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Center for Military Readiness

The Center for Military Readiness is a tax-exempt, non-profit organization founded by Elaine Donnelly, which opposes the service of gay and transgender people and favors limiting the positions open to women in the United States military.[1][2][3][4] It has been described as a right-wing organisation by the SPLC and other sources.[5][6][7]

The Center was established in 1993 following the implementation of the "Don't ask, don't tell" policy under President Bill Clinton.[8][9] It is headquartered in Livonia, Michigan.[10] Its Board members include Allan C. Carlson, Frank Gaffney, David Horowitz, Frederick Kroesen, John Lenczowski, Kate O'Beirne, Carlisle Trost, Claudius E. Watts III, Faith Whittlesey, and Walter E. Williams, among others.[11] Other members at large have included Linda Chavez, Beverly LaHaye, Phyllis Schlafly, and Wally Schirra.[9][12]

It opposes allowing gay and transgender persons to serve in the military[8][13][4] and aims to limit the number of women in the military as well as the positions open to them.[8][14] Founder and president Donnelly has argued that "[w]omen in combat units endanger male morale and military performance."[15] A 2004 study of the role of women in the U.S. military called it "the most significant organization... representing the interests of individuals opposed to the expansion of women's military opportunities that might affect troop readiness."[16]

According to the Washington Post, after the death of pilot Kara Hultgreen "Donnelly in January 1995 began circulating leaked copies of Lorenz's confidential records in news releases and center reports. At the time, Lorenz was referred to as "Pilot B."[17] She then published a report that alleged that the Navy showed favoritism toward one of the first female combat pilots during training. Susan Barnes, Lorenz's attorney stated that "the Report MISREPRESENTS the content of those training records. I know. I have read the Report and have compared it to the content of the training records.” She also described the CMR as "a radical right front for a woman named Elaine Donnelly who has a long, and very public, record of opposition to military women.”[18] The pilot subsequently brought a suit for defamation against the Center, but lost because the court determined that, by virtue of her status as one of the first women to attempt to qualify as a carrier combat pilot, she was a "public figure" and needed to prove malice on the part of those who published the charge of favoritism. She appealed but the appeal was denied, with a statement that "Our conclusion about Lt. Lohrenz's public figure status does not suggest that she was not a good Naval aviator trying to do her job, and it does not penalize her for acting with 'professionalism".[19]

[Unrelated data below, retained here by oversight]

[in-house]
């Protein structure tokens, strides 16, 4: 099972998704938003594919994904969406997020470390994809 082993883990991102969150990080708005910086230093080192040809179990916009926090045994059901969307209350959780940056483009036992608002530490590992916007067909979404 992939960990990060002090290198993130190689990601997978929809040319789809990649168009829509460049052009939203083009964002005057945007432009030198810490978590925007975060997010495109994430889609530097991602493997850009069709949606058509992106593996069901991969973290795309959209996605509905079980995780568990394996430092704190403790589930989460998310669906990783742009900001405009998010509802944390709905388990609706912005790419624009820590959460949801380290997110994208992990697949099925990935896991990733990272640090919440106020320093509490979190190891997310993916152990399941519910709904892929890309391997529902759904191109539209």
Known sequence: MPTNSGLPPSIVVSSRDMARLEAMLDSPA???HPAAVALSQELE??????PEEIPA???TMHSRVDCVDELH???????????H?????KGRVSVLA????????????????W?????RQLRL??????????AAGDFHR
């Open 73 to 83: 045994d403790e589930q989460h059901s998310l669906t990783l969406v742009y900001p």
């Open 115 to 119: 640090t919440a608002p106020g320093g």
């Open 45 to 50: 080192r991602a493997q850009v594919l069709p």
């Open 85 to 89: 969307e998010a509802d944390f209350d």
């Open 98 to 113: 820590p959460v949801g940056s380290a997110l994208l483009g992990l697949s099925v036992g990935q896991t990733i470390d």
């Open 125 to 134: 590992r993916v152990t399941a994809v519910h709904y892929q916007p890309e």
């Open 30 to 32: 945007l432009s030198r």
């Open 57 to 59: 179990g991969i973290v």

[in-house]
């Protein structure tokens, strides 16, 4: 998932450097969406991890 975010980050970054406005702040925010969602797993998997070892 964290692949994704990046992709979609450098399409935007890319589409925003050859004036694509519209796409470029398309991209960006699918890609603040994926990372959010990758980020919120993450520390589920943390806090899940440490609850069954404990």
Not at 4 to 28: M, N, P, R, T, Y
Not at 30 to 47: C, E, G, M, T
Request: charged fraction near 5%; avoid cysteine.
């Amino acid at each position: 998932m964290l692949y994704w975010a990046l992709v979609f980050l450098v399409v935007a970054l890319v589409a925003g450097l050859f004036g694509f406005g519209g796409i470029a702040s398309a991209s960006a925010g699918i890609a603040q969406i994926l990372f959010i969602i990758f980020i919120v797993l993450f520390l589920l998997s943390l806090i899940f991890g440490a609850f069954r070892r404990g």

In 2011 the Center boycotted the Conservative Political Action Conference due to the participation of GOProud, an LGBT membership group within the Republican Party.[20]

See alsoEdit

ReferencesEdit

  1. ^ Military gender ideologies in the media, Gender Ideologies and Military Labor Markets in the U.S.
  2. ^ Breaking Out: VMI and the Coming of Women
  3. ^ Same-Sex Marriage Faces Military Limits
  4. ^ a b "Trump directive sparks criticism among transgender troops". Washington Post. Retrieved August 27, 2017.
  5. ^ "Anti-LGBT Roundup of Events and Activities 6.26.17". Southern Poverty Law Center. Retrieved October 8, 2017.
  6. ^ Stachowitsch, Saskia (2011). Gender Ideologies and Military Labor Markets in the U.S. Routledge. p. 104. ISBN 978-0415667074. Retrieved October 8, 2017.
  7. ^ Timothy Kaufman-Osborn. Ferguson, Michaele L. Ferguson; Marso, Lori Jo Marso (eds.). W Stands for Women: How the George W. Bush Presidency Shaped a New Politics of Gender. Duke University Press. p. 143. ISBN 978-0822340645. Retrieved October 8, 2017.
  8. ^ a b c Andrea Stone, 'Center For Military Readiness Criticized For Lax Oversight', in The Huffington Post, July 20, 2011, [1]
  9. ^ a b NNDB webpage[unreliable source?]
  10. ^ New York Times: John Files, "Advocates Hope Supreme Court Ruling Can Renew Attention to 'Don't Ask, Don't Tell'," 13 March 2006, accessed February 19, 2012
  11. ^ "Official website, Board". Archived from the original on June 16, 2002. Retrieved October 29, 2011.
  12. ^ "Archived copy". December 15, 2001. Archived from the original on December 15, 2001. Retrieved June 26, 2019.CS1 maint: archived copy as title (link)
  13. ^ Official web site
  14. ^ Andrea Barnes (2005). The handbook of women, psychology, and the law. San Francisco: Jossey-Bass, p. 345. ISBN 9780787970604.
  15. ^ Donnelly quoted in Neroni, Hilary (2005). The violent woman: femininity, narrative, and violence in contemporary American cinema. Albany: State University of New York Press, p. 135. ISBN 9780791463833.
  16. ^ Deborah G. Douglas, Amy E. Foster, American Women and Flight Since 1940 (University Press of Kentucky, 2004), p. 302, available online, accessed March 26, 2012
  17. ^ Priest, Dana (June 21, 1997). "Grounded Female Navy Pilot Is Returned To Flight Status". Washington Post. Retrieved October 8, 2017.
  18. ^ Skaine, Rosemarie Skaine (1998). Women at War: Gender Issues of Americans in Combat. McFarland & Co. p. 181. ISBN 978-0786405701.
  19. ^ Kirkland, Michael (December 12, 2003). "Court rejects ex-F-14 woman pilot's case". UPI.
  20. ^ "Archived copy". Archived from the original on August 11, 2016. Retrieved June 13, 2016.CS1 maint: archived copy as title (link)

External linksEdit